Those who hold positions of political or military authority consider masters of masks to be dangerous spies. Any member of a lawful organization or of a secretive group fears and distrusts them, with a starting attitude no better than unfriendly.


Characters with ranks in Knowledge (local) can research masters of masks to learn more about them. When a character succeeds on a skill check, the following lore is revealed, including the information from lower DCs.

DC 10: Masters of masks are actors and disguise artists who use masks in their performances and deceptions.

DC 15: Masters of masks are spies just as often as they are entertainers.

DC 20: A master of masks relies on different personas to use a wide repertoire of abilities, including many potent magical effects.

DC 30: Characters who achieve this level of success can learn important details about specific masters of masks in your campaign, including a notable individual and the title he goes by, the area in which he operates, and what masks he wears.

Masters of masks are difficult to find. PCs wishing to make contact might inquire through the criminal underworld or at local playhouses. A master of masks follows up if he is interested, or remains elusive otherwise.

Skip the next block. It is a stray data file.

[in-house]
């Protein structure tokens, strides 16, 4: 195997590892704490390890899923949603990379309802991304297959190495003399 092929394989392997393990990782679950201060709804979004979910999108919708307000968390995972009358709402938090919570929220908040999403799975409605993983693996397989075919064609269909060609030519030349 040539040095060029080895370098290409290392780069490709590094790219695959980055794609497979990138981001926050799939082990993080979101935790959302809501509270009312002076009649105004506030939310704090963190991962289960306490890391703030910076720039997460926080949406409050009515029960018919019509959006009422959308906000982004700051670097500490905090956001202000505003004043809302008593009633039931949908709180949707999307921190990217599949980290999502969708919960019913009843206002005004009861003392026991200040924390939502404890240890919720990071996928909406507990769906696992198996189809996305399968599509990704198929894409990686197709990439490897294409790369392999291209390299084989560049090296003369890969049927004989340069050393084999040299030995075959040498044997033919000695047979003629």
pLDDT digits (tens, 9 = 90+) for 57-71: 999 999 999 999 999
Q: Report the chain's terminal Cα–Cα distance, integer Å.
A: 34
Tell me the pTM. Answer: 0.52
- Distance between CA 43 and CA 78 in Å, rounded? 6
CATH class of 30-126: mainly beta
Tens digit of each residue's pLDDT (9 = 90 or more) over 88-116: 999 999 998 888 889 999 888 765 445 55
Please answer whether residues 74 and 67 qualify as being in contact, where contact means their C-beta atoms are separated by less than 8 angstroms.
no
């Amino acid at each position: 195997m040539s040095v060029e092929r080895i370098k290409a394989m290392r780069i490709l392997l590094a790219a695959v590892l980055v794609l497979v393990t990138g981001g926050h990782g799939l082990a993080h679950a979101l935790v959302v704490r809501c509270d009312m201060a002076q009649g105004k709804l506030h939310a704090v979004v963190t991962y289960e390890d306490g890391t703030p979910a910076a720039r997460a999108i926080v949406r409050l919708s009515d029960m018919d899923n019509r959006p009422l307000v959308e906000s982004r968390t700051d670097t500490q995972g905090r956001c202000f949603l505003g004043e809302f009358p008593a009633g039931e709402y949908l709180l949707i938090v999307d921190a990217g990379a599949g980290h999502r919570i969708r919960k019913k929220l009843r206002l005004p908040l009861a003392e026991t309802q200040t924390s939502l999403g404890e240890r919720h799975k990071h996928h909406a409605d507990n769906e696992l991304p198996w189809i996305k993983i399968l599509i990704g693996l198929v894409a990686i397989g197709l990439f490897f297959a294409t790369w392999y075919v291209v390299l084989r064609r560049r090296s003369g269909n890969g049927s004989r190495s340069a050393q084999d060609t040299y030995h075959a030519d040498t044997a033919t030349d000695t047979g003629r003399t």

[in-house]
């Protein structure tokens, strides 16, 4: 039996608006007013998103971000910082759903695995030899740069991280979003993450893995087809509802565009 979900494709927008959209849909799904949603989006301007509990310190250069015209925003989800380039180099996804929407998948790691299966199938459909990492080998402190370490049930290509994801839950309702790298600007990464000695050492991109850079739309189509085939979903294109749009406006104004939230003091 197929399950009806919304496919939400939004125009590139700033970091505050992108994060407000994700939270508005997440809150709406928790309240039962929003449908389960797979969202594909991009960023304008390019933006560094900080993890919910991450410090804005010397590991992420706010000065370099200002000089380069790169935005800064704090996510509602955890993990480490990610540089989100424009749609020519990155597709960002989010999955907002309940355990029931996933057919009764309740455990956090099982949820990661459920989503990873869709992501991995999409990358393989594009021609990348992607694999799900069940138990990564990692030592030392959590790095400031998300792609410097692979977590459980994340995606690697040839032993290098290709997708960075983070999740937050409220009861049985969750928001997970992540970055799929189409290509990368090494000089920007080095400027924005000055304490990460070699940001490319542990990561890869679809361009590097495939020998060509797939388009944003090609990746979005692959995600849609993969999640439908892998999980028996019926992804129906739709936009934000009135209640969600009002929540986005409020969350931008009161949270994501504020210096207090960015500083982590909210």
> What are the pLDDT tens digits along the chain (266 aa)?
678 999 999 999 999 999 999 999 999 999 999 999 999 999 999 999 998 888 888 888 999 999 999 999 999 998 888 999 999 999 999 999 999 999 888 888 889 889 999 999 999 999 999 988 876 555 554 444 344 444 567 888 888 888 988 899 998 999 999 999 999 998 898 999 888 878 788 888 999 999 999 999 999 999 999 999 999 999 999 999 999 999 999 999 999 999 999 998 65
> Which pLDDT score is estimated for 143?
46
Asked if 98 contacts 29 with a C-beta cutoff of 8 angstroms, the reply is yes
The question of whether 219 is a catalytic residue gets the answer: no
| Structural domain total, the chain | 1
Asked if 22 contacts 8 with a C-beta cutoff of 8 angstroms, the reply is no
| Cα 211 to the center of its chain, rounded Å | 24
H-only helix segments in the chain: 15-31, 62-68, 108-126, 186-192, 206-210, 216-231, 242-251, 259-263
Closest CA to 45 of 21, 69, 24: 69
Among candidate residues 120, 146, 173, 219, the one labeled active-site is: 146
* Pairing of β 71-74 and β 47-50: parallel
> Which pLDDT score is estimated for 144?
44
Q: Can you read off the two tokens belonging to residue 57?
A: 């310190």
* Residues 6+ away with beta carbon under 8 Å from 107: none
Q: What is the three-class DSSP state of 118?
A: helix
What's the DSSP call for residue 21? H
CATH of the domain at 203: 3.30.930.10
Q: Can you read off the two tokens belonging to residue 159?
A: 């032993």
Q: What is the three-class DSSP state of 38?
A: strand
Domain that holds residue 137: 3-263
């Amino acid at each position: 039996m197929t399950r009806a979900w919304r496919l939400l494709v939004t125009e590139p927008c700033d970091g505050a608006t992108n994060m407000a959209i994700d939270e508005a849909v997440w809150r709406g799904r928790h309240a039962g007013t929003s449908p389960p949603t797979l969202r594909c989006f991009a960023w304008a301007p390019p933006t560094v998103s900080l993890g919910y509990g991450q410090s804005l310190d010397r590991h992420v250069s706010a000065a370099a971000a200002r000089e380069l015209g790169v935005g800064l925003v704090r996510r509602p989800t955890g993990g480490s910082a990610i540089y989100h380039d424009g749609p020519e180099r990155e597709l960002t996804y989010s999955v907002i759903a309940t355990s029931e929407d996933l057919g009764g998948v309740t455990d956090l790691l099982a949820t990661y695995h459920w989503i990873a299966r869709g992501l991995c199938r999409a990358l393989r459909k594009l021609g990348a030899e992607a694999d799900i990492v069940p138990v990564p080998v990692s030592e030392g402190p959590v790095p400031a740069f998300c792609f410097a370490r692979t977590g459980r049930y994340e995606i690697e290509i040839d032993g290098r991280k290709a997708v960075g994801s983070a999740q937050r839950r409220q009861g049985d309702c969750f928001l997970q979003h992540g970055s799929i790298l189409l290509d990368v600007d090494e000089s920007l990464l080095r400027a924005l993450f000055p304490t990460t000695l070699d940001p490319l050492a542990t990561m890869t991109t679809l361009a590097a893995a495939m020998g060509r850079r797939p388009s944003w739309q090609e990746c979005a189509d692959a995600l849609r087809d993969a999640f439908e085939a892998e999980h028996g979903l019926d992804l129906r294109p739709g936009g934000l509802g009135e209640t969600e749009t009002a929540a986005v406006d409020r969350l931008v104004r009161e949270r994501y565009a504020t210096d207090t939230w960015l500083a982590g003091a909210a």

The master of masks is perfect for players who are not satisfied with just one party role. Since each mask bestows a different ability, the prestige class is as versatile and varied as the player customizes it to be.

As an NPC, a master of masks might be a consummate impersonator who is nearly impossible to pin down, or an expert agent in the employ of rivals.


The master of masks is flexible enough to fit a variety of roles in nearly any campaign setting. One interpretation of the class might have a more sinister nature, with each mask drawing its abilities from trapped outsiders bound within. Masters of masks might be members of an organized group of spies or assassins in the service of an unscrupulous government, arcane organization, or deceptive religion. Alternatively, masters of masks and their signature disguises might be far rarer than suggested above. Perhaps each mask is unique, and a handful of masters compete to find a legendary mask, each hoping to make its powers his alone.

Hit Die: d6.


To qualify to become a master of masks, a character must fulfill all of the following criteria.

Skill: Bluff 8 ranks, Disguise 8 ranks, Perform (act) 8 ranks.

Languages: Any four.

Special: Must have successfully impersonated an individual, fooling even that person’s friends and associates.

Class Skills

The master of masks' class skills (and the key ability for each skill) are Appraise (Int), Bluff (Cha), Craft (Int), Disguise (Cha), Forgery (Int), Sleight of Hand (Dex), Speak Language (none).

Skill Points at Each Level: 4 + Int modifier.

Table: The Master of Masks

Level Base
Special Spellcasting Masks Known
1st +0 +0 +2 +2 Persona masks 2
2nd +1 +0 +3 +3 +1 level of existing spellcasting class 3
3rd +1 +1 +3 +3 Mask specialist 4
4th +2 +1 +4 +4 +1 level of existing spellcasting class 4